Wendy and I did get off the ship in Mazatlan to see Wendy’s sister, Suzanna, her husband, Chino, and our new nephew, Ian. Suzanna and Chino live in Mazatlan where they serve on the base of Youth With a Mission (YWAM). It was fun to see their apartment, get a tour of the YWAM base, and have lunch together right on the beach. The day flew by before we knew it and we had to depart. It was so much fun to see them!

Wendy and Shay enjoyed time in the Ship’s spa during the week, and we all enjoyed our evening dinners together. The final two days of the cruise were days at sea as we journeyed from Puerto Vallarta all the way back up the Mexican coast to San Diego. It was a great week. After the winter storm that we just experienced yesterday, we all agreed that we’d rather be back on the ship!

Alignment of Being

Alignment of Being (CaD Matt 5) Wayfarer

“Blessed are….”
Matthew 5:3a (NIV)

Wendy and I were on a cruise last week with our friends, Chad and Shay. Cruising has become Wendy’s and my favorite form of vacation, though perhaps not for the same reason that many enjoy it. Being on the water has always held a spiritual connection for me. To be honest, Wendy and I spent much of our time last week together inside our cabin or on our small verandah staring out over the vast ocean. It was heavenly.

I read a couple of books as we sailed along. One of them was called The Ninefold Path of Jesus by Mark Scandrette. It practically, simply, and deeply explores a familiar passage in the Great Story found in today’s chapter, traditionally known as “the beatitudes.” The beatitudes are the opening of the most thorough record we have of Jesus’ teaching, a message Jesus gave His followers on a hill by the Sea of Galilee.

Each of the nine beatitudes describes those whom Jesus says are “blessed.” What immediately stands out is the contrast to those whom we often think of as “blessed” in this world: the rich, famous, popular, powerful, influential, famous, privileged, talented, and elite. Jesus makes it clear that those who are blessed in the Kingdom of God look very different. In fact, they are much the opposite of what subjects of the Kingdom of this world typically consider blessed. In God’s Kingdom, Jesus states, those who are blessed are:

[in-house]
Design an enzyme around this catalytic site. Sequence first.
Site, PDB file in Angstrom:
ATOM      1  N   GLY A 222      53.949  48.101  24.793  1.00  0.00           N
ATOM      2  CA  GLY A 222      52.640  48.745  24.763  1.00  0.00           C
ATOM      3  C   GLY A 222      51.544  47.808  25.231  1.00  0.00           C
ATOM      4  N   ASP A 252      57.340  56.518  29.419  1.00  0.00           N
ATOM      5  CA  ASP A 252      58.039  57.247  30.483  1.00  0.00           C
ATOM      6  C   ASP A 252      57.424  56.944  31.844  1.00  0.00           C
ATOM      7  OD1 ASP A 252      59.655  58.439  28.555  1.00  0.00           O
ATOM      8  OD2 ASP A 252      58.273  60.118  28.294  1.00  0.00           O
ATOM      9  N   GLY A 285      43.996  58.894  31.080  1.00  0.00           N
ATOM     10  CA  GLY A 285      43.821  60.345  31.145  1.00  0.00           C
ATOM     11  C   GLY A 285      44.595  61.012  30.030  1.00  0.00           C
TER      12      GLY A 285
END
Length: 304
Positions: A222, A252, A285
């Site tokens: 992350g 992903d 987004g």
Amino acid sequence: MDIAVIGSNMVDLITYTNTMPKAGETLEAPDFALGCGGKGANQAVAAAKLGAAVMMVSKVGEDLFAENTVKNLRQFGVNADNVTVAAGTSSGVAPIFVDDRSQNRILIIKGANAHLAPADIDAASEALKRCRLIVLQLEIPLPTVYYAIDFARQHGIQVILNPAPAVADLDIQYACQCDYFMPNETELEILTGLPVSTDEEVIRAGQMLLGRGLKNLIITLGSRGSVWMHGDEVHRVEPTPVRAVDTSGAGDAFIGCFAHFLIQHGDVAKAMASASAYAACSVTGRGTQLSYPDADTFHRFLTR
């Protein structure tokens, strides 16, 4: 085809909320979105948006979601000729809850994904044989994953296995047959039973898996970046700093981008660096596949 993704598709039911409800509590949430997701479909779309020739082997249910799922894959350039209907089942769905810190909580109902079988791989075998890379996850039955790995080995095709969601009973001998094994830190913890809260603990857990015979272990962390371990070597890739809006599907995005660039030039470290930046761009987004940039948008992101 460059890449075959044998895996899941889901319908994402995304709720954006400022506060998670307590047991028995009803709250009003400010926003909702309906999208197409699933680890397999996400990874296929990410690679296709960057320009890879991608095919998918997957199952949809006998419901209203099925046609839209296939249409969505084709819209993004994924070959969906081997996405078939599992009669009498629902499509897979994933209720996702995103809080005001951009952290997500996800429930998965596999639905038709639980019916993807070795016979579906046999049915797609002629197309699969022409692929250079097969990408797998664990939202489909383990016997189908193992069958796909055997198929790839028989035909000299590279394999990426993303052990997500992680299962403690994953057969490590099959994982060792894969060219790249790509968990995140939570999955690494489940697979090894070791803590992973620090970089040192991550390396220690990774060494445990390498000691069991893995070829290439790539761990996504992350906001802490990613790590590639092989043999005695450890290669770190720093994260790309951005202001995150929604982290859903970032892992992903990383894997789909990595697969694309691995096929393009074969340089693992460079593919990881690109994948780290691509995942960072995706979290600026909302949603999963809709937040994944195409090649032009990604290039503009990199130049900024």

poor in spirit (trusting God for their provision)
mourning (lamenting their brokenness, and what is broken in this world)
meek (holding any personal power in check)
hungry/thirsty for righteousness (seeking justice in life and relationship)
merciful (having compassion, even for my enemies)
pure in heart (acting, speaking, and relating with right motives)
peacemakers (finding and choosing ways to deescalate conflict)
persecuted for doing the right thing (radically loving others)

Perhaps my choice to begin reading Matthew’s biography of Jesus on the chapter-a-day journey this week was subconsciously influenced by my meditation and contemplation of the beatitudes last week. As I read them anew this morning, my head and heart were still full of all that I pondered as I watched the ocean waves roll by this past week.

As I continued on into the rest of the chapter, and the continuation of Jesus’ message, I realized for the first time that Jesus subsequent teaching about murder, curses, adultery, lust, divorce, making oaths, revenge, and love for one’s enemy all connect back to the be-attitudes of trust, lament, meekness, mercy, motive, peacemaking, and radical love. In essence, the beatitudes are the table of contents for everything Jesus is going to say after. I realize that if I don’t have my “being” and “attitude” right, I’ll never act, speak, and relate as Jesus goes on to describe.

Wendy and I have been repeatedly asked this week how our cruise went. We’ve enjoyed sharing our experiences, though I sometimes wonder if people are surprised by our description. We spent a lot of time in our cabin. We slept a lot. We read books. We talked about life on our verandah. We stared at the ocean. We watched a dolphin jumping in the water. We saw the distant, misty eruption of a whale’s exhale. As I continue to look back on it, Wendy and I spent the week trying to get our “being” centered and aligned so that the onslaught of “doing” that faced us upon our return might look more like “the nine-fold path of Jesus” and less like the vain pursuit for what the kingdoms of this world describe as the “good life.”

Note: If you’re normally one who reads my blog post or listens to my podcast, but you don’t actually read the corresponding chapter, let me encourage you to take a couple of minutes today and the next couple of days to actually read Jesus’ message on the hill in Matthew chapters 5, 6, and 7. I think it’s worth it.

If you know anyone who might be encouraged by today’s post, please share.

The Conflict

The Conflict (CaD Matt 4) Wayfarer

Again, the devil took him to a very high mountain and showed him all the kingdoms of the world and their splendor. “All this I will give you,” he said, “if you will bow down and worship me.”
Matthew 4:8-9 (NIV)

This past fall I gave a message among my local gathering of Jesus’ followers. In the message, I shared a handful of stories from my early adult years which were harsh life lessons. I was harassed and threatened on a job because I chose not to join the union. In another job, I repeatedly witnessed government employees breaking the law and others simply choosing not to do their job. They could do so without consequence because they worked for the political machine that had been in control for generations. In yet another experience, I learned the hard way that even a local church can be secretly controlled and manipulated by a powerful and wealthy member.